When I did this for the second time this year I was more nervous. I was going to places that were completely new. The airport was new and I didn’t know what would be on the other side of it and it scared me. I knew my friend would be waiting for me at the first stop but from then on I would be completely alone. This in itself challenged me to be brave.
This quote I have heard in so many places from so many wise people. It is true, to be courageous you have to overcome something. Without fear, there is no courage or without vulnerability, there is no bravery. I now look back with pride on every time I have ever felt afraid or vulnerable and had the courage to overcome it. It was nerve-racking going through security at Sydney Airport with the sniffer dogs. I felt vulnerable arriving at my hostel and meeting my tour group for the first time. I was afraid of getting injured during my surf lesson. The thought of what could be lurking beneath, as I sea kayaked in Byron Bay, scared me. I was very nervous about getting in a rickety old plane on Fraser Island.
Although I was not travelling completely alone for much of these experiences, I was alone in the sense I was not with people I knew well. My ex used to be the only person that could reassure me and to push me to do things outside my comfort zone. But travelling challenges you to push yourself. Travel challenges you to be brave, because otherwise, you miss out on some incredible experiences. Each of my big fear moments has resulted in life-enhancing experiences. I had so much fun at my surf lesson. I had the most amazing up-close encounter with Whales when I was Sea Kayaking. The joy plane ride over Fraser Island was stunning heart-stopping fun!
Travel has taught me to be brave. It has taught me that I am unstoppable. If I can face those kinds of fears I can face anything that makes me feel afraid or vulnerable in everyday life.
Solo Travel Makes You Accept Uncertainty
If you know me or have read a few of my blogs you might know that I am a planner. I had my whole life planned out until last year. I knew roughly what stages of life I wanted to be at by when.
Travelling has changed all that, not only do I not plan too far ahead for accommodation and travel I have also stopped planning my life so much. Writing this I don’t know where I am going to be sleeping 4 nights from now. I don’t know if I am going to be heading north or south or staying where I am. Work is uncertain, I don’t know where or what job I am going to be doing, what my hours are. I am still struggling with this, but travelling forces you to accept it.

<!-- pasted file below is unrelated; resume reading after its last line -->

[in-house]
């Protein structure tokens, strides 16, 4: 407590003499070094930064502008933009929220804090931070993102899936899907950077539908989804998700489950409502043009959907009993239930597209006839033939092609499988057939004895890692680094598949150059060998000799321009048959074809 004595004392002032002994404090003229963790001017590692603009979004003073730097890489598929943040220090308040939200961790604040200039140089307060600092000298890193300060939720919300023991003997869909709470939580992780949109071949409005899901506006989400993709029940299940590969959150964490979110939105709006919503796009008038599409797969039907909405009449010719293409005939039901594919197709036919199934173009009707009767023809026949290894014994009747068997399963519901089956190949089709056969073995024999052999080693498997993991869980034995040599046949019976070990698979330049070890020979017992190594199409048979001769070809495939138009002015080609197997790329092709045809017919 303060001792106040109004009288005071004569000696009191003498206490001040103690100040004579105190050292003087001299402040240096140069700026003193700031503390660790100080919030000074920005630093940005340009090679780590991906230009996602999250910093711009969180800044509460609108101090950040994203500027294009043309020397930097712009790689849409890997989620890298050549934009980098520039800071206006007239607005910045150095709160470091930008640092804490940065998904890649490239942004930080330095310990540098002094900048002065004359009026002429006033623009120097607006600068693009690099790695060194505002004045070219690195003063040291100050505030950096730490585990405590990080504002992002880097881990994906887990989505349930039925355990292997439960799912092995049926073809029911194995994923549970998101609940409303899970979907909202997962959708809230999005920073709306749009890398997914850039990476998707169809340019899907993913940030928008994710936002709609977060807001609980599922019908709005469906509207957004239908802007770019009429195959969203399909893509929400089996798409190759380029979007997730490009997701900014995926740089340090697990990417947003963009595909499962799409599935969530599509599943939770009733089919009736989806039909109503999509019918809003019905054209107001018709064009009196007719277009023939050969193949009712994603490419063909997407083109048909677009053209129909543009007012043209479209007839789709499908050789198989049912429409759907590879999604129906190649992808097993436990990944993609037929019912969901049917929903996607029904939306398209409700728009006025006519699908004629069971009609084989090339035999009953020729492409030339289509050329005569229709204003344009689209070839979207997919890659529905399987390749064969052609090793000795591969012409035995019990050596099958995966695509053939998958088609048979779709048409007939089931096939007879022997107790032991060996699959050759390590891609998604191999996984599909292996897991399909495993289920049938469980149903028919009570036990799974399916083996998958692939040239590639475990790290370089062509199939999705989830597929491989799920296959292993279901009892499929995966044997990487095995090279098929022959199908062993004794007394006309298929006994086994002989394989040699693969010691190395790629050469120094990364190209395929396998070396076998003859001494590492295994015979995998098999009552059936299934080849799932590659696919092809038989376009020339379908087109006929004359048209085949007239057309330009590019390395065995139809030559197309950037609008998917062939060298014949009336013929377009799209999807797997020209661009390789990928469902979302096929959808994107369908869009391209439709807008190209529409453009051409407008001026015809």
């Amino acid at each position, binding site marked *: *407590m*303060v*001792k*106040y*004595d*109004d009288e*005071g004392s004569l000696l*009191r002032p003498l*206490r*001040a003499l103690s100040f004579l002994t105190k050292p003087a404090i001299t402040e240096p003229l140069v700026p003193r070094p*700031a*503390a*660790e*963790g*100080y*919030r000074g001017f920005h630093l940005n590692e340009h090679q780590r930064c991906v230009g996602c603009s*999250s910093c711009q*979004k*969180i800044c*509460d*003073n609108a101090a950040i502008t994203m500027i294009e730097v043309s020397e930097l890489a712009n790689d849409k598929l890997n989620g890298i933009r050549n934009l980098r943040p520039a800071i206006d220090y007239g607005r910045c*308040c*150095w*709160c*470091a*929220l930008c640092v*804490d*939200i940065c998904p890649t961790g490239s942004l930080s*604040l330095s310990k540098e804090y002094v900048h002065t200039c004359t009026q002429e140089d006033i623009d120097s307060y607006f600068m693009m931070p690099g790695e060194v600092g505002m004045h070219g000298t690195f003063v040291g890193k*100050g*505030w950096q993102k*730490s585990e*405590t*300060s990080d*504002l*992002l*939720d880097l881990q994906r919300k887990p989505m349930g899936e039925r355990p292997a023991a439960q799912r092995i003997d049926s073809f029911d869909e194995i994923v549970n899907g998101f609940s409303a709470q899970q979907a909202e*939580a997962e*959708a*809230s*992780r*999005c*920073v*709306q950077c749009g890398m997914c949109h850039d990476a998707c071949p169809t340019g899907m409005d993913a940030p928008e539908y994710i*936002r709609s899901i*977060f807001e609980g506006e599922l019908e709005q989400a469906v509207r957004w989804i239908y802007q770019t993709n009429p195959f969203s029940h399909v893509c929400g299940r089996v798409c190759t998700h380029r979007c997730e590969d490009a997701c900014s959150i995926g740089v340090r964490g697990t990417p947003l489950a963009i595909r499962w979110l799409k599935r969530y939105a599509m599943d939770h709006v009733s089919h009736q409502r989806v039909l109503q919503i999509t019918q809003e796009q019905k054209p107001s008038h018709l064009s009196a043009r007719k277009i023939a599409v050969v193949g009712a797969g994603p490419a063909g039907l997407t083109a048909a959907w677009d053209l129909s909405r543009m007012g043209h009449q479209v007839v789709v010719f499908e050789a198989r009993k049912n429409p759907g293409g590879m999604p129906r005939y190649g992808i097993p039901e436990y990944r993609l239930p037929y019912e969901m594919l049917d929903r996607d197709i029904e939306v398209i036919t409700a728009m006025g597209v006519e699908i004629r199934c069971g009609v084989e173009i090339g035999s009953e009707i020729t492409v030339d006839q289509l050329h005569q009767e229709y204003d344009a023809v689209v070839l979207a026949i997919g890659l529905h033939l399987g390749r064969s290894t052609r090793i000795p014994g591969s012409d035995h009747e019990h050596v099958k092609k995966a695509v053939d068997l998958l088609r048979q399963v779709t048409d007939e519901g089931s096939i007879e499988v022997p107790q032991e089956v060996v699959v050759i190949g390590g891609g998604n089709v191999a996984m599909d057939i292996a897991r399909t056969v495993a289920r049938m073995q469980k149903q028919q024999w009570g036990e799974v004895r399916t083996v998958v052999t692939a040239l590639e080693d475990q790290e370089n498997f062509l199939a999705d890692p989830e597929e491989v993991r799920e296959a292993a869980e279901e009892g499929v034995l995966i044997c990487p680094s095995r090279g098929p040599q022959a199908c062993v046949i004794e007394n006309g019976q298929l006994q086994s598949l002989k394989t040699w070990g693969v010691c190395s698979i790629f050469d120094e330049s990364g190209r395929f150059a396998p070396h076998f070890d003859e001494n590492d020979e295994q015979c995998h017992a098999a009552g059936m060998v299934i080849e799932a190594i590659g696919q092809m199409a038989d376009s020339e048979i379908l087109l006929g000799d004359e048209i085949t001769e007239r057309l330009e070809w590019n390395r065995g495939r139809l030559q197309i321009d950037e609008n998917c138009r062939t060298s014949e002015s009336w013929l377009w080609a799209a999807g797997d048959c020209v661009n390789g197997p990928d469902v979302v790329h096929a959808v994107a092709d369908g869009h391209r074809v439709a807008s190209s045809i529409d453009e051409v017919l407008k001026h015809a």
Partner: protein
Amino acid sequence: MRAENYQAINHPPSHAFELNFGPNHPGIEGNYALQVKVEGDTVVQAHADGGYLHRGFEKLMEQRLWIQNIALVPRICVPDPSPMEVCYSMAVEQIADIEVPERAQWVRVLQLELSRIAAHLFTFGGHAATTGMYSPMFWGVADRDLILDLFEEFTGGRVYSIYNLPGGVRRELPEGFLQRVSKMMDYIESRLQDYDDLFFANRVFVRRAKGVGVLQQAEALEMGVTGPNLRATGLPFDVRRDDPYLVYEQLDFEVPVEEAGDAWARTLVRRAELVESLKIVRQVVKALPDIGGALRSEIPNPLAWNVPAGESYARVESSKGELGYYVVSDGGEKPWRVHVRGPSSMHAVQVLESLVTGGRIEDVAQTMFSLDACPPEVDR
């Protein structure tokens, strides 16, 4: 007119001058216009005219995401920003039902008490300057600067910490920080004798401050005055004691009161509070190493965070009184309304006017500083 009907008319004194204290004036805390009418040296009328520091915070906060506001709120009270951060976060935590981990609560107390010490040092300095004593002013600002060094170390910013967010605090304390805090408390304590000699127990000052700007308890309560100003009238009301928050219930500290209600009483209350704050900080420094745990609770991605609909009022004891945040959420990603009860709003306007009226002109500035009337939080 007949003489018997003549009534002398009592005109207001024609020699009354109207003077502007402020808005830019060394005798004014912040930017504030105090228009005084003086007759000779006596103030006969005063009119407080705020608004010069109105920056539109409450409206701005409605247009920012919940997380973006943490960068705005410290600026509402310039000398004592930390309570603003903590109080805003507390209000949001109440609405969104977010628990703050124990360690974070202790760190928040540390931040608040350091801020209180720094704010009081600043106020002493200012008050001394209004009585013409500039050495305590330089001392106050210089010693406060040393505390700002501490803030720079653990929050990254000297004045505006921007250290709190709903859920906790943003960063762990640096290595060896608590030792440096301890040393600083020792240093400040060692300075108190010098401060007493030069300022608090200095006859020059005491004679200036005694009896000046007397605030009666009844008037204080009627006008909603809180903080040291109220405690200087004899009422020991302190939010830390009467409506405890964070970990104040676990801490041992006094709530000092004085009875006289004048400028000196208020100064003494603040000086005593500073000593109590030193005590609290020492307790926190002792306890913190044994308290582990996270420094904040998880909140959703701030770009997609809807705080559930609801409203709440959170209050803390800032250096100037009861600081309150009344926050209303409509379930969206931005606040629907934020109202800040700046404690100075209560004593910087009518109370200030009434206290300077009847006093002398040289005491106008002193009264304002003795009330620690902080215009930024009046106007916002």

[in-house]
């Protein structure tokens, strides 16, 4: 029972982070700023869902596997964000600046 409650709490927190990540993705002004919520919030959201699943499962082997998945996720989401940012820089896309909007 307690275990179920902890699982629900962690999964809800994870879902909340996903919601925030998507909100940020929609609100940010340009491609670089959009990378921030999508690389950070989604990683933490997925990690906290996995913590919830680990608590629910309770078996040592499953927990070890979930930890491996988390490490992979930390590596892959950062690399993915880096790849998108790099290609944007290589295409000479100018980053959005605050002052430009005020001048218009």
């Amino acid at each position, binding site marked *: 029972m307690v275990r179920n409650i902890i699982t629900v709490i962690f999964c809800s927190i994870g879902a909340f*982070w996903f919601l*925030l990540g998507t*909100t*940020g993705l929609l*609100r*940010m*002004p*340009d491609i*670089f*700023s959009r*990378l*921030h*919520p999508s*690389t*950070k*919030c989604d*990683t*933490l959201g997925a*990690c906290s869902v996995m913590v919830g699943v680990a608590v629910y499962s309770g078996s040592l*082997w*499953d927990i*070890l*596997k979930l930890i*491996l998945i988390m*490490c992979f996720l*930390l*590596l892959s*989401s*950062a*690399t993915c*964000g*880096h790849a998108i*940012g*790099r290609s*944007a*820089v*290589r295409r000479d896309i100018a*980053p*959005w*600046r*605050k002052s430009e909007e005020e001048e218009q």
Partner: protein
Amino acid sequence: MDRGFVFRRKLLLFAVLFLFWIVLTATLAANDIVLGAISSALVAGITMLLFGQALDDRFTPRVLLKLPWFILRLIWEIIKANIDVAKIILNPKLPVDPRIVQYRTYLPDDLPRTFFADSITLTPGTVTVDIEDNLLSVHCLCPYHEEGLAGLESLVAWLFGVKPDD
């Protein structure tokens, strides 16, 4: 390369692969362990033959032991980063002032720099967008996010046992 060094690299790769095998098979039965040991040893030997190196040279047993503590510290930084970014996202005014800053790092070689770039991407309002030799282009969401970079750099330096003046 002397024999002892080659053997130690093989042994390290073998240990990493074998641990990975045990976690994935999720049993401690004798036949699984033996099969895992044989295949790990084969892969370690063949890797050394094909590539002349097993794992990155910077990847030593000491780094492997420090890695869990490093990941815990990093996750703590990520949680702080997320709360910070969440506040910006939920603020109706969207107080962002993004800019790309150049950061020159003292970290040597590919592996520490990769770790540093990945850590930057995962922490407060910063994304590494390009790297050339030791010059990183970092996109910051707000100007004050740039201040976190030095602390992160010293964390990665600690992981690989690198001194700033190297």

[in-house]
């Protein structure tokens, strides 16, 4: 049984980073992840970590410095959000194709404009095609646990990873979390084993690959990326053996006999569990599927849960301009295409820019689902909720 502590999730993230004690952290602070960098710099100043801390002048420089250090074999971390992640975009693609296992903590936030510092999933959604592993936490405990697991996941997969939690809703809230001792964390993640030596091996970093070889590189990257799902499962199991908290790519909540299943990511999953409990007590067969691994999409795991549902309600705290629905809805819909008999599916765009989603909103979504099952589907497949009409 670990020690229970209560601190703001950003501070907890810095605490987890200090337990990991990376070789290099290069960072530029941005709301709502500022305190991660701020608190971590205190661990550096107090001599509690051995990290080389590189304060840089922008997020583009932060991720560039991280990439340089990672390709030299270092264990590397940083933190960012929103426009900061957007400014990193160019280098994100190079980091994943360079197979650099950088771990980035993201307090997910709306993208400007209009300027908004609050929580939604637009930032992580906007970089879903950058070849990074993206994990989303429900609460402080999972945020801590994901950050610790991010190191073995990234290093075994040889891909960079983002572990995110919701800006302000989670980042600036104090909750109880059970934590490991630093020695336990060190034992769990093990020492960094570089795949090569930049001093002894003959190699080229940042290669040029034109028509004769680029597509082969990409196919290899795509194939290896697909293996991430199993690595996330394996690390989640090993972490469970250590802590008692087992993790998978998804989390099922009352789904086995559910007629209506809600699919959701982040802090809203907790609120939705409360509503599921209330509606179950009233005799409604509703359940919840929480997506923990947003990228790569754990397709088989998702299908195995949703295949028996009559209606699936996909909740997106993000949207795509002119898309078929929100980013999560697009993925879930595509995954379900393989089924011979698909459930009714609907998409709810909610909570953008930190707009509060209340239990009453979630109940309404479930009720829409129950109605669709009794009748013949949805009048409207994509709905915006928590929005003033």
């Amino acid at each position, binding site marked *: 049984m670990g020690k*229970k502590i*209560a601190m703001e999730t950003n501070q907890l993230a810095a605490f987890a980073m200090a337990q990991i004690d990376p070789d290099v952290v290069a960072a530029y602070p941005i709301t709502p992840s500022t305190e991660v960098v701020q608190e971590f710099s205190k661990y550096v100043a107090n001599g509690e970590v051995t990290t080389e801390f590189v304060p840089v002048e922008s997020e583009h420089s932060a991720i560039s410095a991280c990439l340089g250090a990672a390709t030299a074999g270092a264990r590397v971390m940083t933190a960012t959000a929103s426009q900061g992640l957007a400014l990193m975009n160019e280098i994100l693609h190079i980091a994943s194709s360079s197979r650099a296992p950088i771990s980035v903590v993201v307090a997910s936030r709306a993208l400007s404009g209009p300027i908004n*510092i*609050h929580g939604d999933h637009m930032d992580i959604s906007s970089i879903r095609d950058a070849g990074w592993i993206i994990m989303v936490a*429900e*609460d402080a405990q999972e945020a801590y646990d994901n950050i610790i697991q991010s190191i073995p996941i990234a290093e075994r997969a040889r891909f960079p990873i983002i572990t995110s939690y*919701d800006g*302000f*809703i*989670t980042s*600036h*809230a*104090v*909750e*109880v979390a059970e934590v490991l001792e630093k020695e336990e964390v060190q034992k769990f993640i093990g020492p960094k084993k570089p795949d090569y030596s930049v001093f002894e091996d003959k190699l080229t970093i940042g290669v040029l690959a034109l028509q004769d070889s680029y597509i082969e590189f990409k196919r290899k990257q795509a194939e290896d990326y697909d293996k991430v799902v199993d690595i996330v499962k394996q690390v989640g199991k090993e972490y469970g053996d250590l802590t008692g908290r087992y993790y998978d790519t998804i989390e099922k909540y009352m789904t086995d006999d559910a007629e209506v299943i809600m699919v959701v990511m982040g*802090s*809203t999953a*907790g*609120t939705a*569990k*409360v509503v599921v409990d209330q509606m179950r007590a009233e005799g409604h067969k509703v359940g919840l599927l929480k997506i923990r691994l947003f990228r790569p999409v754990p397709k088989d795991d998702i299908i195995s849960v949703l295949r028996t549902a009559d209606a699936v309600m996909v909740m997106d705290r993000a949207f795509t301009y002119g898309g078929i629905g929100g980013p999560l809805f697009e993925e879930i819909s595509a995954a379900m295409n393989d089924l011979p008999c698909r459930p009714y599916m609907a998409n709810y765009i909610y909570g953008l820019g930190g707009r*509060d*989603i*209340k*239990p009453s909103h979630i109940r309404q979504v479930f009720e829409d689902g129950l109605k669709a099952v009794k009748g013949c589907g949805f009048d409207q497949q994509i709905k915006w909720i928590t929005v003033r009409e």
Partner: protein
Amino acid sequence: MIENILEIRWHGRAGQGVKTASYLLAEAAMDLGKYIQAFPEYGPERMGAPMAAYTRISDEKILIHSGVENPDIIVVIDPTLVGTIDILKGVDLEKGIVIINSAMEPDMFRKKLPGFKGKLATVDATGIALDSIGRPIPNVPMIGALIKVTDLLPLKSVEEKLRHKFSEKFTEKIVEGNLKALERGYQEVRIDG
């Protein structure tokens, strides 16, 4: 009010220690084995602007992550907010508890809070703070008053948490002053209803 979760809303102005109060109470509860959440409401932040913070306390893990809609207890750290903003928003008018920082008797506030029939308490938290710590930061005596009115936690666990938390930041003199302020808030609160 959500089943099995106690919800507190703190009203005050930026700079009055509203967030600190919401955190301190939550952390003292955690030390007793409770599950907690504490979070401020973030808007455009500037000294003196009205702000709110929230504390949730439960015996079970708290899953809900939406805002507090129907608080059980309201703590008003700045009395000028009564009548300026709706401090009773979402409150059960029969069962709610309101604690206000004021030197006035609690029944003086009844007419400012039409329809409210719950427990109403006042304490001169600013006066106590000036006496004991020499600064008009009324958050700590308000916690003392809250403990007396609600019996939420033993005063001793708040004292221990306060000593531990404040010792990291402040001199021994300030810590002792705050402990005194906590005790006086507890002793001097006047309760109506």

There will always be uncertainties while travelling, plans can fall through and you have to learn to be ok with it. I came to Australia with no plans after my tour. I had to be open to who I would meet and if I would continue travelling alone or with others. Now I have to be open to where work might be for me.
Learning to be flexible and not planning too much has been a massive learning curve for me. It is one which I am still battling with. It has made me realise how unpredictable life can be and that I need to learn to be more accepting of uncertainty. I no longer have a 5-year plan, instead, I have goals. Goals which are flexible, that I am working towards but I am open to them changing and evolving along the way.
Solo Travel Makes You Be Your Authentic Self
No one knows who you are, you are thousands of miles away from home and you may never see these people again in your life. This is the perfect opportunity not to hide or change your personality. Be authentically you and be unapologetic about it. I don’t like staying up late or drinking too much. Running by the river or walks along the beach are what make me happy. I enjoy blogging and trying to figure out an online business. So I spend my time creating content in various forms. I choose the activities I take part in so I make the most out of my experience rather than following the crowd.